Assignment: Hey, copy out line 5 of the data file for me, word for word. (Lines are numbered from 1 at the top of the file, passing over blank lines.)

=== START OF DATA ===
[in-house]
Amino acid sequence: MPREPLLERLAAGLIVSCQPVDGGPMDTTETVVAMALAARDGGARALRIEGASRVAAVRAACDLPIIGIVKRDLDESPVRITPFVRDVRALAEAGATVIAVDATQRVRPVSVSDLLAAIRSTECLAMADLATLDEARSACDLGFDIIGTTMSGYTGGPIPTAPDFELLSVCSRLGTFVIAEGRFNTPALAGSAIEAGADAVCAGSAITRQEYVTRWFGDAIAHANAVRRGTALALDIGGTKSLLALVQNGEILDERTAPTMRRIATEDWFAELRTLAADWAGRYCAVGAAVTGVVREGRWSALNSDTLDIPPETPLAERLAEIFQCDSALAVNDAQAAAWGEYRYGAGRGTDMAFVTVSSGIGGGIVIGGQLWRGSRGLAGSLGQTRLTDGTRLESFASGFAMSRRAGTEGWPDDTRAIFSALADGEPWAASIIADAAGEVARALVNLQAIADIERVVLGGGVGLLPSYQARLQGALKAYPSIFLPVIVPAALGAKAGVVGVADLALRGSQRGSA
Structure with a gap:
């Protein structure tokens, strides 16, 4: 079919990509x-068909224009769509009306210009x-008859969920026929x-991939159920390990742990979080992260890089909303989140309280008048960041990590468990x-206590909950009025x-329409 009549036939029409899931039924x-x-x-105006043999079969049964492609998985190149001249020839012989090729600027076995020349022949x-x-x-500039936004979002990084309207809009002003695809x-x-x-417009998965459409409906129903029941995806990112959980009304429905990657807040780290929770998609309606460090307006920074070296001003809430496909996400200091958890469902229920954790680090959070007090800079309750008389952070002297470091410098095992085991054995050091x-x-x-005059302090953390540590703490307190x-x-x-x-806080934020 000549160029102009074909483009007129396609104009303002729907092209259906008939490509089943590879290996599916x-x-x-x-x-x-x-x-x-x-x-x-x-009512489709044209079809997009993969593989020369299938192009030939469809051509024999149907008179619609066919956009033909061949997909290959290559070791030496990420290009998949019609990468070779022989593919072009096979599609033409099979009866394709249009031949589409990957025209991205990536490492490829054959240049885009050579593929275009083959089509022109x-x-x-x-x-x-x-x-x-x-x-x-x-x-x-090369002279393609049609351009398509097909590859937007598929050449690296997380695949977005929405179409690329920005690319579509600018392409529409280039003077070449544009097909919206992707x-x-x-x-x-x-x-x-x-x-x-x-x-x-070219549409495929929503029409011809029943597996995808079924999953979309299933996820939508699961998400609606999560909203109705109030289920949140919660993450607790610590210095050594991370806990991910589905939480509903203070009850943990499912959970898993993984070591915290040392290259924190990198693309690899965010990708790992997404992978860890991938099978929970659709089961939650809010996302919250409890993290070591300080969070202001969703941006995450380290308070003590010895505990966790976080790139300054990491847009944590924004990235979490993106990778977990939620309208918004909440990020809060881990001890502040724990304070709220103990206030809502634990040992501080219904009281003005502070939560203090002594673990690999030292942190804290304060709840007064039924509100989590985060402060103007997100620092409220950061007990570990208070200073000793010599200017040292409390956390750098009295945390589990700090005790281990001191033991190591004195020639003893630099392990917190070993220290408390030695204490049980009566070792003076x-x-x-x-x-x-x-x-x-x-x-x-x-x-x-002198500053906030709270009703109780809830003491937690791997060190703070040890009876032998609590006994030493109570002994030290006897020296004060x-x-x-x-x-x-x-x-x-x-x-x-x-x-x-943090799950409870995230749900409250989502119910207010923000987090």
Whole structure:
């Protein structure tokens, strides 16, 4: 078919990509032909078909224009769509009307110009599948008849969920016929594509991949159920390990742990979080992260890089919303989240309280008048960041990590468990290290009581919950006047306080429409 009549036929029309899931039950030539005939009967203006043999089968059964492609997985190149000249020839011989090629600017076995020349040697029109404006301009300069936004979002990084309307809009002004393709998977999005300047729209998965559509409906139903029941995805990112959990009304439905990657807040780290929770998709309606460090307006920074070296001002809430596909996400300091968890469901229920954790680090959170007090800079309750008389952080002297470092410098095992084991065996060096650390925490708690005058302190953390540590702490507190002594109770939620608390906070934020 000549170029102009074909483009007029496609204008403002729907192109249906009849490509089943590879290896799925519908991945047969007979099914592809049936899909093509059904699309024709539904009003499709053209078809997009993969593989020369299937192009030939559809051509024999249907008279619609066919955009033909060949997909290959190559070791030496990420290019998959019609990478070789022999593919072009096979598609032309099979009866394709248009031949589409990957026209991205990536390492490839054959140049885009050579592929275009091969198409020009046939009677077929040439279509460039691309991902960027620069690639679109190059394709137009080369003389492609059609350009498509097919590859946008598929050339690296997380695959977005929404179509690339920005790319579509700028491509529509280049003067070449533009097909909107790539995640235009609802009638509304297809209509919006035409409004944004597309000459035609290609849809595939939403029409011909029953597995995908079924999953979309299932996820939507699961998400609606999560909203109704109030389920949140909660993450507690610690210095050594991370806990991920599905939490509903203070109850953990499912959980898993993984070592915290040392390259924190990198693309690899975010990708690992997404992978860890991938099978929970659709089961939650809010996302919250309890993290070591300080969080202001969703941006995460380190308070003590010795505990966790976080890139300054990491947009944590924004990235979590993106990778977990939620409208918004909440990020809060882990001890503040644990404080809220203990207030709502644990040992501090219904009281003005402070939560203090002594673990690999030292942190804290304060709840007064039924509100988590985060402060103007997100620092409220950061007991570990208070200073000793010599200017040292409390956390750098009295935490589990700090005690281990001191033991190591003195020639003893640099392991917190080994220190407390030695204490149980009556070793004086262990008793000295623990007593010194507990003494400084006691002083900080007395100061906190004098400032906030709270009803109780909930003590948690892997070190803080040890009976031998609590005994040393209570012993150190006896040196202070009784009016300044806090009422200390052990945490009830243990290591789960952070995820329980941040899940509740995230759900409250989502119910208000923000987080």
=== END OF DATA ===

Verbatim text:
Whole structure: